Durham University to investigate Rod Liddle speech walk-out

Published
Image source, Getty Images
Image caption,
Columnist Rod Liddle was invited to address the Christmas formal

Durham University is to investigate after a columnist's appearance at an event led some students to walk out.

Rod Liddle had been invited by the principal of South College to address its Christmas formal on Friday evening.

Some left before he made his speech, with those who exited branded "pathetic" by the college principal.

Mr Liddle told the BBC that university students need to listen to views "that are contrary" to their own opinions, and that it was about "tolerance".

The university said it was looking into the situation as "a matter of urgency".

The principal of South College, Prof Tim Luckhurst, described Mr Liddle, a former BBC Radio 4 Today programme editor who now writes for The Spectator and The Times, as a "humourist".

'Tolerant manner'

Students were unaware who the speaker was beforehand, and when they realised some left in advance of his speech.

Durham University student newspaper Palatinate reported that Mr Liddle had started his speech saying he was disappointed not to see any sex workers, referencing a university initiative which had provided safety training for students working within the industry.

Prof Luckhurst told those who walked out that their actions were "pathetic", and he was described as being "verbally abusive", telling one student that they "didn't belong at university".

An open letter by the Durham Intersectional Feminism Society, Durham LGBT+ Association, Durham University Labour Club and Durham Womxn's Association has now been sent to the university's vice-chancellor.

Signed by about 1,500 students, it calls for an apology from Prof Luckhurst for "inviting an inappropriate speaker and proceeding to taunt students, showing a complete disregard for student welfare", and for a rule to be put in place that students should be made aware of any speakers in attendance.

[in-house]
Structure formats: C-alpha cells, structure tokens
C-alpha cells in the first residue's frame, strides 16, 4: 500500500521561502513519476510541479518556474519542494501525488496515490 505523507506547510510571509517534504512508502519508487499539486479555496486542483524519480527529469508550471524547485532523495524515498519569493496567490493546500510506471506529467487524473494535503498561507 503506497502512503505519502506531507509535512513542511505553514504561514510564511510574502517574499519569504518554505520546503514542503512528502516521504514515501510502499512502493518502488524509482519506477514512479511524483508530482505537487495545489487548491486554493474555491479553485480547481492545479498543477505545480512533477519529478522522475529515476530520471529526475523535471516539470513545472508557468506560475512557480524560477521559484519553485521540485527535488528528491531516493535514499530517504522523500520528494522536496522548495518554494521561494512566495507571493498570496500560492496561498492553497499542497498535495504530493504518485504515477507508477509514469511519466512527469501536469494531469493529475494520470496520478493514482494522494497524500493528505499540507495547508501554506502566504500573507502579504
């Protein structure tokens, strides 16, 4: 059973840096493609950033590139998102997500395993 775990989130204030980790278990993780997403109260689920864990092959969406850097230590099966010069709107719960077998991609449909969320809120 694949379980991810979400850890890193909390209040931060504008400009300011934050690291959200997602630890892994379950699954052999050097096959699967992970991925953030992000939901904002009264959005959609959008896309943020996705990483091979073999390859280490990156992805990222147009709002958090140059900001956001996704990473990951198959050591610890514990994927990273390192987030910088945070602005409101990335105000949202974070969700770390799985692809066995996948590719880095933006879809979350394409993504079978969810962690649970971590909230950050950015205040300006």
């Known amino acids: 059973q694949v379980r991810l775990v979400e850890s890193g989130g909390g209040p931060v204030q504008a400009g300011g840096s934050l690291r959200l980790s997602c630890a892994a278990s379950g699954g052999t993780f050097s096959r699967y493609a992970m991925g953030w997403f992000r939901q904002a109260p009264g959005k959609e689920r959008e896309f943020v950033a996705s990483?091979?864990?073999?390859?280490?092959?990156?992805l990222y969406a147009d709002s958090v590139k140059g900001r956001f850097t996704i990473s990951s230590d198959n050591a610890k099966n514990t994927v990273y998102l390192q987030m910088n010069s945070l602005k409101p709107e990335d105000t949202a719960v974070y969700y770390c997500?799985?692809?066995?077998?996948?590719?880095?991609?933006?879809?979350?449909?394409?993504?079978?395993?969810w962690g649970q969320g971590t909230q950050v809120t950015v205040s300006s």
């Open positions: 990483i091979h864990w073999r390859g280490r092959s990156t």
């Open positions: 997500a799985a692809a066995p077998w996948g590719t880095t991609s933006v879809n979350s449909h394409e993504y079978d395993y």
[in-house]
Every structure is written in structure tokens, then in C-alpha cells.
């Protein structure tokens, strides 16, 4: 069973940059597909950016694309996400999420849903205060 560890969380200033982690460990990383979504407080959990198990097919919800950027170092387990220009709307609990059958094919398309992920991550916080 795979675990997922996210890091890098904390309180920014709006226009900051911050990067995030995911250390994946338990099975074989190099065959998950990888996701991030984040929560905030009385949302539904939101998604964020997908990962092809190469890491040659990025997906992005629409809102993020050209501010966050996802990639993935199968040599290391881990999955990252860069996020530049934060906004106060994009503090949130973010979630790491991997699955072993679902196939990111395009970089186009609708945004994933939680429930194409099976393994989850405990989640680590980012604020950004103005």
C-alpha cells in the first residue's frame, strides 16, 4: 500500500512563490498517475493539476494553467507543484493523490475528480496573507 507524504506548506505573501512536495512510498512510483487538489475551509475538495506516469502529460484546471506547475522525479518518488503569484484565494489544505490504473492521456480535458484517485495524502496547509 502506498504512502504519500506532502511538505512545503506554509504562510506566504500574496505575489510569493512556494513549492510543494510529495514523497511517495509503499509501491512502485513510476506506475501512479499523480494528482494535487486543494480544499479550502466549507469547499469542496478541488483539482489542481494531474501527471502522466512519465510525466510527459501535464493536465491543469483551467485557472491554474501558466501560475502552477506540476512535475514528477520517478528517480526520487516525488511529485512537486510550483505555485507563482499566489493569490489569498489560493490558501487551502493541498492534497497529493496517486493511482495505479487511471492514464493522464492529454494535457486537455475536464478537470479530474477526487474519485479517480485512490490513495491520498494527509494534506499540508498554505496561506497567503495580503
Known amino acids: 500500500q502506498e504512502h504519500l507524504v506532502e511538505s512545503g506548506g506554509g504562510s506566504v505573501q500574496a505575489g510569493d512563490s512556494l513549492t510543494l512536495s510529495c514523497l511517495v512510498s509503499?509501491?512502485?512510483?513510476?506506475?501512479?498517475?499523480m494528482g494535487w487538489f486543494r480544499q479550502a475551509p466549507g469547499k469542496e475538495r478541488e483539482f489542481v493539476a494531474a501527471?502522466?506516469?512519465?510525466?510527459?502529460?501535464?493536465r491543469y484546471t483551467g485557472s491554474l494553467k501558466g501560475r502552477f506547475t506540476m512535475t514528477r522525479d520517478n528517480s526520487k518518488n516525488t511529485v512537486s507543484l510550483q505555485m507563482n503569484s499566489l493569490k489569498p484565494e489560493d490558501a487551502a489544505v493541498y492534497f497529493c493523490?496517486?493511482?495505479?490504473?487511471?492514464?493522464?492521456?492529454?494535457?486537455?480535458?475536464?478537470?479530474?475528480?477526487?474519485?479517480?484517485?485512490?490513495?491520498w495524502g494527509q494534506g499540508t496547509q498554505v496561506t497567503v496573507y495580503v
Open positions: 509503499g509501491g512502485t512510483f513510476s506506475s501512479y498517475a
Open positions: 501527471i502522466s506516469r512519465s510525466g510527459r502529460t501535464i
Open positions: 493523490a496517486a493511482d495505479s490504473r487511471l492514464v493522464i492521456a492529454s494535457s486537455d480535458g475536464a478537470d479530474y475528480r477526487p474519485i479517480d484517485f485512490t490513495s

Prof Luckhurst later told the student newspaper that "sincere commitment to freedom of speech was inevitably challenging", and his own intention was "never to offend", but "to stimulate robust discussion and debate".

"I regret any offence that has arisen, but I fear we have no right not to be offended," he added.

Image source, Google
Image caption,
South College is the university's newest college

In a statement, Durham University said: "The university categorically does not agree with the comments reported from a speech given by an external speaker at this occasion, and is concerned at reports that the behaviours exhibited at the occasion fall short of those that we expect.

"The exchange of ideas within the university should at all times be conducted in a tolerant manner.

"Everybody has the right to live, work and study in a respectful environment.

"We are looking into this as a matter of urgency, and an investigation into the circumstances is now under way."

Mr Liddle told the BBC: "If you are at university you need to listen to views that are contrary to your own opinions and that's what my speech was about. It was about tolerance."

Follow BBC North East & Cumbria on Twitter, Facebook and Instagram. Send your story ideas to northeastandcumbria@bbc.co.uk

More on this story

Related Internet Links

The BBC is not responsible for the content of external sites.